Lead performances to rival those of the original Broadway and touring casts and an ingeniously scaled-down production design are two very good reasons not to miss the hilarious salute to homicide that is Actors’ Repertory Theatre Of Simi’s A Gentleman’s Guide To Love And Murder, the murderously mirthful quadruple-Tony-winning Best Musical of 2014.

Meet Monty Navarro (Vincent Perez), a personable, poverty-stricken young chap whose recently deceased mother’s youthful marriage to a Castilian musician ended up getting her not only pregnant but disowned, and who now, to his astonishment, finds himself ninth in line to inherit the D’Ysquith (“D’Y” as in “die”) fortune.

All he has to do to get his hands on it is bump off Asquith D’Ysquith Jr., Lord Adalbert D’Ysquith, Reverend Lord Ezekial D’Ysquith, Lord Asquith D’Ysquith Sr., Henry D’Ysquith, Lady Hyacinth D’Ysquith, Lady Salome D’Ysquith Pumphrey, and Major Lord Bartholomew D’Ysquith—in that order.

Not only does news of his late mother’s disownment give Monty reason enough to contemplate revenge, the refusal of his beautiful but mercenary sweetheart Sibella Hallward (Deborah Robin) to marry a man without means seals the deal, sending our hero off to dispose of D’Ysquith after D’Ysquith in the most entertaining of ways.

There’s murder by thin ice, murder by bee stings, murder by an unfortunately loaded prop gun, and that still leaves five more killings before fortune and Sibella are Monty’s.

What our merry murderer hasn’t counted on is meeting distant cousin Phoebe D’Ysquith (Siena Avila), and when cousin Phoebe shows up at Monty’s doorstep to make the musical announcement “I’ve Decided To Marry You,” who should already be there but Sibella, leading to some of the funniest, most sharply timed physical comedy this side of French farce.

Did I mention that every single one of Monty’s victims is portrayed by a single actor, the fabulous-times-nine Adam Womack?

For a musical comedy like A Gentleman’s Guide To Love And Murder to work as splendidly as this one does, not only must our antihero be as sympathetic as the ever so likeable Monty most definitely is despite his pesky predilection for murder, the musical’s tone must also be frothy and gay, and not just when victim number five, Henry D’Ysquith, informs Monty in delectable double-entendre that “It’s Better With A Man.”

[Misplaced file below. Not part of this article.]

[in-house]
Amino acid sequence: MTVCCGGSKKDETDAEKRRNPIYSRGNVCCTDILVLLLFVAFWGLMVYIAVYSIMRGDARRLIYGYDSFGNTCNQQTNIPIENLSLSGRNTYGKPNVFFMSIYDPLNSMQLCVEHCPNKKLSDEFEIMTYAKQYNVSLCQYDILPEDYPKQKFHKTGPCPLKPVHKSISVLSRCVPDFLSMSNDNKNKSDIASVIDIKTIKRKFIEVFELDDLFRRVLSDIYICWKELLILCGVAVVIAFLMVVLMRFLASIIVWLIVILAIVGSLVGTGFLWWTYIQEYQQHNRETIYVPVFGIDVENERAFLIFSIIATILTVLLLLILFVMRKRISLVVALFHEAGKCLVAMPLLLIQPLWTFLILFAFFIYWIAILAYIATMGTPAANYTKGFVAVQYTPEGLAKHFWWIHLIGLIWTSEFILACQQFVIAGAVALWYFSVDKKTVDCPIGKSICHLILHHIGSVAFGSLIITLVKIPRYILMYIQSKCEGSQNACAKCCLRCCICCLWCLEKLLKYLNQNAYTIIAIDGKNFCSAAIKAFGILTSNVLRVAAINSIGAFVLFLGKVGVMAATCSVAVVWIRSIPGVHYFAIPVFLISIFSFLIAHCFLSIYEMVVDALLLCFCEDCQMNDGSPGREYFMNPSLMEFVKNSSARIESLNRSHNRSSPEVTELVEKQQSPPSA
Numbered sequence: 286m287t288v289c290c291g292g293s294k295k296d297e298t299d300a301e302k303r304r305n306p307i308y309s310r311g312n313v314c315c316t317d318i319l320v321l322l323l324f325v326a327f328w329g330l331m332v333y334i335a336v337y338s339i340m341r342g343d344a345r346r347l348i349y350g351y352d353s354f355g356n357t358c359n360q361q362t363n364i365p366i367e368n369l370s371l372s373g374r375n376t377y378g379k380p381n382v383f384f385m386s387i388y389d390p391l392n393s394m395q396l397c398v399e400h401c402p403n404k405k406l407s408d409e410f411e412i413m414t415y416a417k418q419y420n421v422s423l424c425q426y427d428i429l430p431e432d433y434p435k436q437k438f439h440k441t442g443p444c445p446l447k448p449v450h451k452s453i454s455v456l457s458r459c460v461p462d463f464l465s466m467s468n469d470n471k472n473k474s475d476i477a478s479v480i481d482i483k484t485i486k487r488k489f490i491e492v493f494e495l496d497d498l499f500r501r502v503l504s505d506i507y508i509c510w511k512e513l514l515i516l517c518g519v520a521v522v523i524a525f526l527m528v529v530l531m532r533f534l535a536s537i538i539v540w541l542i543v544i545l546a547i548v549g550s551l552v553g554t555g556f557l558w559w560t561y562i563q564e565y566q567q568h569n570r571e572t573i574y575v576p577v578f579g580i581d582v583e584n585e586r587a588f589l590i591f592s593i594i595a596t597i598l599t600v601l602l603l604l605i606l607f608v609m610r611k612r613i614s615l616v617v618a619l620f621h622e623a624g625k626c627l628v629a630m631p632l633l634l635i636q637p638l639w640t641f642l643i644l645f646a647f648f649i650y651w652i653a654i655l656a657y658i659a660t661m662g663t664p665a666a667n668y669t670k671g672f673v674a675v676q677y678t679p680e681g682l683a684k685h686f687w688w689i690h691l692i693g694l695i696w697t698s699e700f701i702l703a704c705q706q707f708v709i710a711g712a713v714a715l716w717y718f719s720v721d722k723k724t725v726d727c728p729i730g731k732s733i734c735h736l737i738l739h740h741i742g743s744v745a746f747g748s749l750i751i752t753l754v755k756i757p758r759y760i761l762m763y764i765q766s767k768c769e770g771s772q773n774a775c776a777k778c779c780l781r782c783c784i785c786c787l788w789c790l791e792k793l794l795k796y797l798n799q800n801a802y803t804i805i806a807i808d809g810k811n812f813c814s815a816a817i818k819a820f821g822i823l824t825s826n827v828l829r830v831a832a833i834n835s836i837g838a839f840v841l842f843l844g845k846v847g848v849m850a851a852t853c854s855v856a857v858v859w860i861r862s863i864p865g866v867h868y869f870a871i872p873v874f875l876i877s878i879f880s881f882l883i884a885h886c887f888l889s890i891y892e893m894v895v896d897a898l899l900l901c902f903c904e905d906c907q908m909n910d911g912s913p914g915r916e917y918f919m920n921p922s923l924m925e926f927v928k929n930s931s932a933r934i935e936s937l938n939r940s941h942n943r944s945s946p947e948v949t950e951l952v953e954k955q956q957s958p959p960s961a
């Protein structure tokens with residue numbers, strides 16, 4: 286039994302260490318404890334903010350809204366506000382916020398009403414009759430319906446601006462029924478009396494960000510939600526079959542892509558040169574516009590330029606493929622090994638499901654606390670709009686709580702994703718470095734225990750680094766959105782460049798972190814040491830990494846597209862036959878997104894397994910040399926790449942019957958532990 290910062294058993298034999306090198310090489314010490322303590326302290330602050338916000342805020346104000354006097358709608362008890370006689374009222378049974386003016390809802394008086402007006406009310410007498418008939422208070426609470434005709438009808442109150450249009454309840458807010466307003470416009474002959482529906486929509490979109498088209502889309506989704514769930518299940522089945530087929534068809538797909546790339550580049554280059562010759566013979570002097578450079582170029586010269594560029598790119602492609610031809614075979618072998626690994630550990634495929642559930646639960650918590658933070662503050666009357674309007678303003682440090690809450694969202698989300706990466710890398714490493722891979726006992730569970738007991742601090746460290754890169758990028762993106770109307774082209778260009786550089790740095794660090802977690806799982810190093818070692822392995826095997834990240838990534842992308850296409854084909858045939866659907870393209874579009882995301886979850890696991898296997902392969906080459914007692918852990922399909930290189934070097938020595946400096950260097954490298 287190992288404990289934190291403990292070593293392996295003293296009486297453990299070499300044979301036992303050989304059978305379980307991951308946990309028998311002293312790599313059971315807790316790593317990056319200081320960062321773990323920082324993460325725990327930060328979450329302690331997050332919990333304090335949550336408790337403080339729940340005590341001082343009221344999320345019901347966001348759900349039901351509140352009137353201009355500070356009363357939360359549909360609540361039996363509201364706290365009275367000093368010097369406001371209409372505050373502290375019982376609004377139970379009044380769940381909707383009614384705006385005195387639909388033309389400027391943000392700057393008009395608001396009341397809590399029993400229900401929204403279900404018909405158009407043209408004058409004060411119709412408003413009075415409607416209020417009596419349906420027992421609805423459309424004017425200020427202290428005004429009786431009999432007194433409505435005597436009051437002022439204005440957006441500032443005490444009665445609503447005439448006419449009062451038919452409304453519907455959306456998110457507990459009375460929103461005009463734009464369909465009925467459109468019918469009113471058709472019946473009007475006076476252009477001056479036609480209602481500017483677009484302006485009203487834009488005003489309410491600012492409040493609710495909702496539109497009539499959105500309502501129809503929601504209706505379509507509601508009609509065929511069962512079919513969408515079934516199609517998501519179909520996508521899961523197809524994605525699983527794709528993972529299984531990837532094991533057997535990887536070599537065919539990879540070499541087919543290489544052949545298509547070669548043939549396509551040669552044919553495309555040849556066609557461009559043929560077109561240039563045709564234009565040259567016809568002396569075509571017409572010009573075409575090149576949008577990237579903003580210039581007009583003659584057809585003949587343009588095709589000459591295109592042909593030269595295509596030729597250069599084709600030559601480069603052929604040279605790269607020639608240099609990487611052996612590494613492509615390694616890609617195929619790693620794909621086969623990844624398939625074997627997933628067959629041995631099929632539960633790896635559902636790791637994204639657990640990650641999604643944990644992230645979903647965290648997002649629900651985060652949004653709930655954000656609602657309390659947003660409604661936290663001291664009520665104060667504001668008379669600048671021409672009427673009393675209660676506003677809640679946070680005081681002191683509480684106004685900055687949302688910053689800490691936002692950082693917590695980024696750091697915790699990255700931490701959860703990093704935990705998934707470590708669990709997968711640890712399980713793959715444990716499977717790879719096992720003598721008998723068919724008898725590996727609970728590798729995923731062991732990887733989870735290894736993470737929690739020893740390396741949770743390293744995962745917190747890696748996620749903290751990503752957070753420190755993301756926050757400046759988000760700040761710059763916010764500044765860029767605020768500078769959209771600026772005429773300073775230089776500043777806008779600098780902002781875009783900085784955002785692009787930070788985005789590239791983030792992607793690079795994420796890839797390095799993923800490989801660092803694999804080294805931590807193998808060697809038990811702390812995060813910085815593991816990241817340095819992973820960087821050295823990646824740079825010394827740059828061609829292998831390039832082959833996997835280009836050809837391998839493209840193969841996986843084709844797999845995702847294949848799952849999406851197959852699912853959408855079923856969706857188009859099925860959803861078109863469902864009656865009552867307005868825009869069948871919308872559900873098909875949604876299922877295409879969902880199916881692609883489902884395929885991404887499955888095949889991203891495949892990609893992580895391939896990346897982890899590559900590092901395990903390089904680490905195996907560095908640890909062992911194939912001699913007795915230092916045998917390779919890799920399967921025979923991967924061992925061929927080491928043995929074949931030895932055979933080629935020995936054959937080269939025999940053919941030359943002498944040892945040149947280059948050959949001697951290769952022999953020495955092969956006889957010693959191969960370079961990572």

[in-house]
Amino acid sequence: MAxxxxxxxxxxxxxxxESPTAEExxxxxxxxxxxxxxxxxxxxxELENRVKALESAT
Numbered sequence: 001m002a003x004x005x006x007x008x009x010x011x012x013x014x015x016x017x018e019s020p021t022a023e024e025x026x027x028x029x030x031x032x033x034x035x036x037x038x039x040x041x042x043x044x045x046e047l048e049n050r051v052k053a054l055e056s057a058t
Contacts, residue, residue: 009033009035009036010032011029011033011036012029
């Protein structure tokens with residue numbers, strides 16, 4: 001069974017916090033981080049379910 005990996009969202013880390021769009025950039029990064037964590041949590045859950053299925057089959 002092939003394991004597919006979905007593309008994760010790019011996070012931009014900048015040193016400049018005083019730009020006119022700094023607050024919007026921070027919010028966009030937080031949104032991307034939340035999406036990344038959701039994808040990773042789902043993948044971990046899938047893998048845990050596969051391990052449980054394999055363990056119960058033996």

Fortunately for audiences from Broadway to Simi Valley, Robert L. Freedman and Steven Lutvak’s lyrics are every bit as sparkling and witty as Freedman’s book.

Lutvak’s tunes match them to perfection, the talented composer’s melodies evoking greats like Gilbert & Sullivan, Lerner & Lowe, and Stephen Sondheim. (Frequent Sondheim collaborator Jonathan Tunick just happens to be on board as orchestrator.)

Unlike original New York director Darko Tresnjak, Simi Valley’s Will Shupe must make magic with a non-Equity cast on a shoestring budget and, and in each respect the ARTS favorite scores a bull’s eye.

Giving his far more seasoned, Tony-winning predecessor Jefferson Mays a run for his money, Womack delivers nine scene-stealing, gender-bending, rig-tickling performances, including a wonderfully weird Reverend Lord Ezekial, a fabulously flaming Henry, a delightfully dotty Lady Hyacinth, and six more of equally outrageous quirks.

Perez not only looks every bit the handsome Latin lover, his Monty is charming as all get-out and sings with Broadway-caliber pipes, and the same can be said for dueling sopranos Robin (her comely, curvaceous Sibella a 180-degree turn from her sugar-and-vinegar Glendale Centre Theatre star turn as Mary Poppins) and the exquisite Avila, whose confident, appealing, gorgeously sung Phoebe belies her nineteen years.

Sydney Bowers’ zingy, zany Miss Shingle is matched in multiple roles each by Lenessa Age (Tour Guide), Laura Barrows (Miss Evangeline Barley), Mueen Jahan (Tom Copley), Andy Mattick (Chief Inspector Pinckney), Gary Saxer (Magistrate), and MarLee Candell as the deliciously scenery-(and husband)-chewing Lady Eugenia, all of the above executing choreographer Becky Castells’ quirky body moves to audience delight.

Director/designer Shupe merits sky-high marks for finding ever more ingenious ways to replicate A Gentleman’s Guide’s series of wacky murders on a reduced-scale Edwardian-era music hall stage minus the Broadway/Touring original’s big budget projections.

Joshua Stapel’s fabulous, built-from-scratch period costumes range from lavish gowns to funeral garb to Womack’s mutiple character-defining outfits.

Additional design kudos are shared by Sasha Venola for her vivid lighting, Eunice Sanders for her amusing collection of props, and Seth Kamenow for his expert sound design and mixing.

Musical director Gary Poirot is not only blessed with a vocally gifted cast, the production’s live orchestra hits just about every note right this time. (Coincidentally or not, it features just a horn section of one.)

 A Gentleman’s Guide To Love And Murder is produced by Jan Glasband. Dean Foster is assistant to the director and production stage manager. Kimberly Kiley is production manager.

Meriting their own curtain calls are D’Ysquith Family dressers Stapel and Sarah “Pinky” Calantog and stage crew members Kiley, Camille Mattick, Maddie Mattick, and Jackson Mattick.

Not only does A Gentleman’s Guide To Love And Murder provide a bright-and-breezy (and unapologetically amoral) alternative to the darkness and drama of fellow 21st-century Best Musical Tony winners Spring Awakening, Fun Home, and Dear Evan Hansen, its ARTS debut proves an unqualified community theater triumph for all concerned.

follow on twitter small

Actors Repertory Theatre Of Simi, Simi Valley Cultural Arts Center, 3050 Los Angeles Avenue, Simi Valley.

–Steven Stanley
June 8, 2019


Tags: , , ,

Comments are closed.